“Enlighten me, please.”

“Well, he was lying there in one of his couch traps one summer night, and a truck pulled up and this tarantula was loaded onto the bed of the truck inside that couch. He figured he was sitting pretty for another victim. Turns out it was a bunch of totally high kids out joyriding who had picked up the couch for a different reason.”


“They had this stupid thing that they would do where they would drive around at night picking up large items to throw off Entwhistle bridge. They loved watching them fall hundreds of feet into the river, especially in winter time when they’d use things like old washing machines to break the river ice. Assholes. But they served a higher purpose that night when they threw the couch with the creep in it off the bridge. The monster must have figured out what was happening at the last moment, because they heard the couch scream as it fell. That was a first for them. None of the other appliances or furnishings they had thrown off the bridge had screamed.”

“And they found his body?”

“Yeah, he washed up downstream a few days later. They had gotten DNA samples off the couches where the murders had occurred. He would leave the couches torn open and overturned. The cops weren’t getting it at first, thought the nut just had something against couches as well as people, so he left a note at the third crime scene actually explaining his m.o. You know how some of those twisted creatures like to brag. And yet people still drive around picking up these free couches.”

“I think he was one of a kind. I doubt there are any more couch creeps out there.”

“You never know. But hey, I have a solution for you. If you are still going to pick that couch up today.”

“Oh yeah?”

“Yeah. Stand real close to the couch, where any couch creep could hear you talking, and say, ‘This is just the perfect couch for the bonfire. I can’t wait to burn this old thing!’

“If the couch screams or starts acting like a Mexican jumping bean, don’t take it.”

The Lovely, Post-Well Samara

Apparently, this is a rare doll now.

It is bendable and poseable.

Three and a half feet tall and weights seven or eight pounds.

The hook is for suspension of the lovely and well-meaning child.

Diapers for onlookers not included. (Well, she scares me shitless.)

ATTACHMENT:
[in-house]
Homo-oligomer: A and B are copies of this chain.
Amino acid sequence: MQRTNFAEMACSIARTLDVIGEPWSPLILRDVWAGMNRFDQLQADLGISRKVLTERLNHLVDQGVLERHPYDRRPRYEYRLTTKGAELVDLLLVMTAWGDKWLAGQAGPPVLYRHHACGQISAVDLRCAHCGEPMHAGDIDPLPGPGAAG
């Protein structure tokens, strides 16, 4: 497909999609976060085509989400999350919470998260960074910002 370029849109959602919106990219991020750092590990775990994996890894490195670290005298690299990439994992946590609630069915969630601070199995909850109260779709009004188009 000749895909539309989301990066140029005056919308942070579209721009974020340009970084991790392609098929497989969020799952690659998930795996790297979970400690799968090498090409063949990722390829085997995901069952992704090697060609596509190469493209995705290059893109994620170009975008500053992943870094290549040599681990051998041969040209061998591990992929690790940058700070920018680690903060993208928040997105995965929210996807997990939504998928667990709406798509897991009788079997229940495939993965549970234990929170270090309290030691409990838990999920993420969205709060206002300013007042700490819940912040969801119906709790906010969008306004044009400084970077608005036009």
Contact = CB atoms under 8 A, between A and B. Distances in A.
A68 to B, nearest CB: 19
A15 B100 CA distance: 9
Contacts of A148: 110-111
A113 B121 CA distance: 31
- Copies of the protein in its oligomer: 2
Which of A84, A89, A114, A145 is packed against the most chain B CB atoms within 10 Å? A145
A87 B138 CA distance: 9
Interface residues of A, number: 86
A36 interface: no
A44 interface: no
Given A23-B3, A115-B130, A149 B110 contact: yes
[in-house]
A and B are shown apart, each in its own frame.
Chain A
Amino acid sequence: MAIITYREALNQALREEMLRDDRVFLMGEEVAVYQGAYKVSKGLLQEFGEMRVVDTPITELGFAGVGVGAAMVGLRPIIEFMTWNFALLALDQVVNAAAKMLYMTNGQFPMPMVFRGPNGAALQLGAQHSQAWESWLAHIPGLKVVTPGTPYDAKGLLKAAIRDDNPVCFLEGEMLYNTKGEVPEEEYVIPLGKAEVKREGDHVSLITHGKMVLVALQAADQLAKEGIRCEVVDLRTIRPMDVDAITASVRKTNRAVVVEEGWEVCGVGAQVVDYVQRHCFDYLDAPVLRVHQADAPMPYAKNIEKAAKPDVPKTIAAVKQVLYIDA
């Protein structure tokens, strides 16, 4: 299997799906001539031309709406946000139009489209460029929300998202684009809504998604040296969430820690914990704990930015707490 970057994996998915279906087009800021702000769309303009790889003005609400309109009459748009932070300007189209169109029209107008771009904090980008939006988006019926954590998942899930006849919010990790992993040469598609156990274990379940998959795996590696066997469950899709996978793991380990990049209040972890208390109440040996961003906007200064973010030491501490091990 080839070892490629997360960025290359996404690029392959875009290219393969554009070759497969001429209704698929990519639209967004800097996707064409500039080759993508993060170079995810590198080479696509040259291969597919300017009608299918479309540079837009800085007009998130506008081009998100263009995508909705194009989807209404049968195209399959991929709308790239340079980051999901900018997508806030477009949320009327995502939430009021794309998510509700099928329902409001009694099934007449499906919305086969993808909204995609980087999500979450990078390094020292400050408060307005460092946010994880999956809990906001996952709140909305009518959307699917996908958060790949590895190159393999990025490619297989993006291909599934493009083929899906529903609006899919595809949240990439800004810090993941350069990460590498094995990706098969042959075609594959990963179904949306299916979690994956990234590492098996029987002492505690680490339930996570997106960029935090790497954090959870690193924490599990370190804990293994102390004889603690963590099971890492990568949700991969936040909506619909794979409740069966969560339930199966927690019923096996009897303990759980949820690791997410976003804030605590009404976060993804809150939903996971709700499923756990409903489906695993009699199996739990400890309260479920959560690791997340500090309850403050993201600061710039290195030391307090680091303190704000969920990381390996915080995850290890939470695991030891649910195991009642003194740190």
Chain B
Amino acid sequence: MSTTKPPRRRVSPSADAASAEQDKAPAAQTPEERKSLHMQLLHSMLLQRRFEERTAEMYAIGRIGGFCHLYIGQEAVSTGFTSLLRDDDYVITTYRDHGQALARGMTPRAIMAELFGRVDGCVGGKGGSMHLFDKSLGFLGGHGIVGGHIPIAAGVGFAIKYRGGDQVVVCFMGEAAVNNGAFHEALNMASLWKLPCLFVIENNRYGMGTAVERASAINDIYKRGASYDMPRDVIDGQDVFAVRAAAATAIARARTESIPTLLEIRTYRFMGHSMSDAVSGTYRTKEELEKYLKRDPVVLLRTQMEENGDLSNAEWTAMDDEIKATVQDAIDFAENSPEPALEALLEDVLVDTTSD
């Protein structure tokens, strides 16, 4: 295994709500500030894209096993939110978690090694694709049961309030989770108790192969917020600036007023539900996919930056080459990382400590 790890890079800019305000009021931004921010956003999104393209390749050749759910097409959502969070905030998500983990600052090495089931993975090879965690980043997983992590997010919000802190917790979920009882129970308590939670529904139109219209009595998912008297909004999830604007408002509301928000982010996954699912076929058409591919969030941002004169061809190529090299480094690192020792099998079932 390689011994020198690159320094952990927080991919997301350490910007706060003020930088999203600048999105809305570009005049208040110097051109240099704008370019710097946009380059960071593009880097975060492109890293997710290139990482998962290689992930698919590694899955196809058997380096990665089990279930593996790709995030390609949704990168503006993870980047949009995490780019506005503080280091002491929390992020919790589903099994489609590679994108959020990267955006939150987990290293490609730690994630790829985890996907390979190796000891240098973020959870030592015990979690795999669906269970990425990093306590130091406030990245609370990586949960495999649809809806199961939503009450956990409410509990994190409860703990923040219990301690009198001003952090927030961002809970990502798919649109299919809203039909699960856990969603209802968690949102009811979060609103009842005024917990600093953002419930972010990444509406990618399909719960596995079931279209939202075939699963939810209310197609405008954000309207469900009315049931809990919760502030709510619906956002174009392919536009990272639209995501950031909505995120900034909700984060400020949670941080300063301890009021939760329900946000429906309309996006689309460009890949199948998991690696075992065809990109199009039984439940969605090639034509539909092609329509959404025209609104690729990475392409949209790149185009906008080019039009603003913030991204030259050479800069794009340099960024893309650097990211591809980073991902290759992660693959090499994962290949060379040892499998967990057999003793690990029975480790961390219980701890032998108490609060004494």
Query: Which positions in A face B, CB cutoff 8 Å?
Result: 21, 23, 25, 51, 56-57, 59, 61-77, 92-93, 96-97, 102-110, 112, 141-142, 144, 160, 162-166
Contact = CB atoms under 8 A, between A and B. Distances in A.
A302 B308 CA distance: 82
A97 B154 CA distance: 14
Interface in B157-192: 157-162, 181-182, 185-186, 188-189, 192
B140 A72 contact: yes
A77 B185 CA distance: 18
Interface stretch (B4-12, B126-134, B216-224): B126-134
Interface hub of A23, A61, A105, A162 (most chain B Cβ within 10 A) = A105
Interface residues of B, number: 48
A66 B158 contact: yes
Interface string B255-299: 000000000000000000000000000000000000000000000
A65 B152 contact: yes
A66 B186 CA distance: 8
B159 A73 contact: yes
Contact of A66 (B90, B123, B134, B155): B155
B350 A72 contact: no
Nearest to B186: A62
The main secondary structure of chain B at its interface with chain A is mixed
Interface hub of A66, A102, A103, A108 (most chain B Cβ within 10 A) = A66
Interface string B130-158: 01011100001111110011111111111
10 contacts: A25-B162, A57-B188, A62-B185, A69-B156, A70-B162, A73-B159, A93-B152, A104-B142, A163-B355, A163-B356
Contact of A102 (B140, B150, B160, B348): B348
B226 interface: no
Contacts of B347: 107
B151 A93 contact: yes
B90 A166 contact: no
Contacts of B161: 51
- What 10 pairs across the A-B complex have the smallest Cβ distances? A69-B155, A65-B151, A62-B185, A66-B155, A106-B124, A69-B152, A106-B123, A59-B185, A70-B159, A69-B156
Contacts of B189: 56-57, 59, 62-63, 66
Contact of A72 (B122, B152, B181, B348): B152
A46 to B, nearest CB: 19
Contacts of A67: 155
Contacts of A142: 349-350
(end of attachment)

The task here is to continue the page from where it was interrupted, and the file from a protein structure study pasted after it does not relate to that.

I'd keep her in the closet and bring her out when my cats were misbehaving.

Thursday, March 2, 2017

Somebody's Birthday

Rob was getting shin splints after less than forty minutes on the road. He had only resumed his daily running a few weeks back. It had been many years since his cross-country days in high school, more years than he cared to admit. So he babied himself a little. He reverted to walking instead of jogging. He was nursing the shin splints. He planned to get some ice on them as soon as he got home.

It was a sunny July afternoon, so he was enjoying his stroll down a pleasant little street in a neighborhood he knew only vaguely, though it was less than a mile from the apartment he shared with his fiancee. Rosebushes were in bloom before picture windows. Sprinklers spattered abstract art on sidewalks. Little dogs yapped at the happy stranger from behind fences as he passed. 

Rob reached a part of the street where the houses became sparser, with more distance between each dwelling. There were even a few vacant lots overgrown with summer weeds and wildflowers. Rob lamented the wasted real estate. As he was approaching a strange old house that wouldn't be out of place in one of Edward Hopper's Gothic paintings, he noticed a cardboard box sitting out in the street, just past its driveway. The house had to be abandoned. The grass had grown knee-high and yes, sure enough, there was a white piece of paper with large black lettering tacked to the front door.

Rob figured the box was just a leftover from the move out. Kids had probably kicked it into the street.

But as he drew alongside the box, he saw there was a big red bow on a side of the box which had been hidden from him. And there were strange symbols drawn in magic marker all over the box. Goth kid? Rob was sure he had seen those symbols, or some very much like them, in books and movies. On the box's top, on the cardboard flaps  which were only loosely closed, someone had written (in what seemed to Rob a feminine hand) "Happy Birthday, Sister!"

Curiosity got the better of him. After a quick look up and down the street, Rob reached down and pulled back the flaps to see if there truly was a birthday present inside there. He suspected the writing was just a red herring on an old, repurposed box.

As soon as he turned the flaps back, a warm cluster of flies flew into Rob's face. Some even entered his nostrils. Disgusted, he snorted them out. The scent  coming from the box was strangely pleasant for something so horrible. For at the bottom of the cardboard box lay a heart. It was not even desiccated. It looked moist, juicy.  Rob had watched enough medical documentaries and e.r. themed shows to know it had all the appearances of a human heart. He felt his stomach pitching. The worst part was that he didn't have his phone on him. He knew he needed to dial 911 as soon as possible. Should he stop at the nearest house, knock on a stranger's door? No. This was too weird to inflict on a stranger. He would be home in a half hour or less. Probably less. Because Rob was running again, splints be damned.